The next morning Jack looked out the window. The giant’s body was still there, but various emergency crews were now scratching their heads about what to do. Jack then saw a cloud appear moving across the sky quite quickly towards their house. It seemed to flash with blue and red. Once it got to their house, it abruptly stopped, and then began to sink down to ground level revealing the largest police car Jack had ever seen. Two giants got out dressed like cops.
“We’re looking for Jacqueline, also known as Jack.” one boomed out.
“That’s my daughter.” Jack’s mother told them.
“She’s been charged with home invasion, theft, and murder. We need to take her in for questioning.” One of them picked up Jack with one hand. “You’ll probably be going away for a long time missy.”
“And we need to take this.” said the other giant as it picked up the golden goose.
“Aw! I hoped we might be able to keep it.” Jack’s mother replied.
“Are you crazy? You’ll destablise the gold price.” the giant told her. They got back into the car and then the cloud floated back up into the sky and sped off. Jack’s mother watched it go. She was going to miss her daughter, despite everything. She looked at the ground. At least the goose had laid one golden egg before it was taken away. She picked up the large solid golden egg.
“My precious!” she said as she held it in her hands. The lawyer reappeared.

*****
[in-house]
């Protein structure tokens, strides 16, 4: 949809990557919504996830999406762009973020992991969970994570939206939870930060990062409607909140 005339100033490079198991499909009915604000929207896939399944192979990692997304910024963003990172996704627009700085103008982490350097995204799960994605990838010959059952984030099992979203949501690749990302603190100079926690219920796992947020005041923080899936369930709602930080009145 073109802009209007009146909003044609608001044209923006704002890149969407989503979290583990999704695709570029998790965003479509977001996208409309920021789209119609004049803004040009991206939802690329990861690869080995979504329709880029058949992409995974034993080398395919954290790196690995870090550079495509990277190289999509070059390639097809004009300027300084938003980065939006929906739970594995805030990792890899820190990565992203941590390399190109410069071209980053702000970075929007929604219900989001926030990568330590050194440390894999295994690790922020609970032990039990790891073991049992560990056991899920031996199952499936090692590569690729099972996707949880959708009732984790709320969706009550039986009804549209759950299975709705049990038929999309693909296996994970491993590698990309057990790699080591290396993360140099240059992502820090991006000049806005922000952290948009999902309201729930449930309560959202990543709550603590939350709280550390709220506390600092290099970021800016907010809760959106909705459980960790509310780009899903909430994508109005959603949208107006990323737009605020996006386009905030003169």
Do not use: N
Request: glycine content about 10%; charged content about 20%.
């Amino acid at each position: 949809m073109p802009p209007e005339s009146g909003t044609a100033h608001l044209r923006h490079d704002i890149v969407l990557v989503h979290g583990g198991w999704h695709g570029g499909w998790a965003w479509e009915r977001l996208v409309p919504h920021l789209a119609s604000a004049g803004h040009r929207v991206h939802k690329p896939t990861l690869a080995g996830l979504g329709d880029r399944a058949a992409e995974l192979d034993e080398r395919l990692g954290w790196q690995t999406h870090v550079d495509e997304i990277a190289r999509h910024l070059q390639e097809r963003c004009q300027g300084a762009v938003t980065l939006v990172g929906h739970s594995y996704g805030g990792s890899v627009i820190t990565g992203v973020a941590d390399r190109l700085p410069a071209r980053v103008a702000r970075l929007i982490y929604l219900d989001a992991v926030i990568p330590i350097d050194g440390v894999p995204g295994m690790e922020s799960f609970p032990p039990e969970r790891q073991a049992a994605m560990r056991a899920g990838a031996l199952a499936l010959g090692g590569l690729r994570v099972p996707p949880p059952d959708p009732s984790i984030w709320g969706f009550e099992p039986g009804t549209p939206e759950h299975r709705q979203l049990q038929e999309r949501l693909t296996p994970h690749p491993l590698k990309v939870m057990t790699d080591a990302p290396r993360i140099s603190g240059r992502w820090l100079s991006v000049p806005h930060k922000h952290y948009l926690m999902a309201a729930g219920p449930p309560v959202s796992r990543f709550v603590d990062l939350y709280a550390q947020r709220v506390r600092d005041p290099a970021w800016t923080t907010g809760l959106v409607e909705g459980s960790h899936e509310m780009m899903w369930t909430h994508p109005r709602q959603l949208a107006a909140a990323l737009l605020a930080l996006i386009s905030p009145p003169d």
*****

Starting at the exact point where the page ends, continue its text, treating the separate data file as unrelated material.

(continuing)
“You sold Bessie for a handful of beans? What possessed you to do that?” Jack’s mother angrily shouted at her.
“But they’re magical beans.” Jack explained.
“Magical beans? Are you stupid?” Her mother shouted as she threw the beans out the window.
“You need to work on your anger issues Mum.” Jack suggested. Her mother looked crossly at her.
“And what do I tell your brother and sister? That they have nothing to eat because their stupid big sister sold our cow for some beans? I am so done with you!”
“Don’t say that.”
“If I threw you in the oven, at least you would be of more use than you are now.”
“Wrong story Mum.” Jack told her. Her mother looked at her uncomprehendingly.
“Just get out of my sight. I can’t even bear to look at you. You’ve really let me down. I thought I could trust you with some responsibility. Obviously not.” Her mother told her. As Jack began to leave the kitchen, her mother noticed her new boots. “Where did you get those boots?” Jack stopped and looked guiltily at her mother.
“I bought them ages ago.” she lied. Her mother just shook her head and turned her back on her. Jack went to her bedroom and stayed there all night.
When Jack woke up in the morning and looked out the window she gasped in wonder. There was a huge beanstalk that rose up into the sky. She ran outside and looked up. The beanstalk was so tall it disappeared into cloud.
“Awesome!” she said. Her mother came outside and looked up at it too.
“What the hell…” her mother said surprised.
“I told you the beans were magical.”
“We need to chop it down.” her mother stated.
“Well I can’t imagine air traffic control being thrilled with the new hazard.”
“Let me climb it first.” Jack said.
“Why do you want to climb it?’
“Because it’s there.” Before her mother could answer, Jack was already beginning to climb.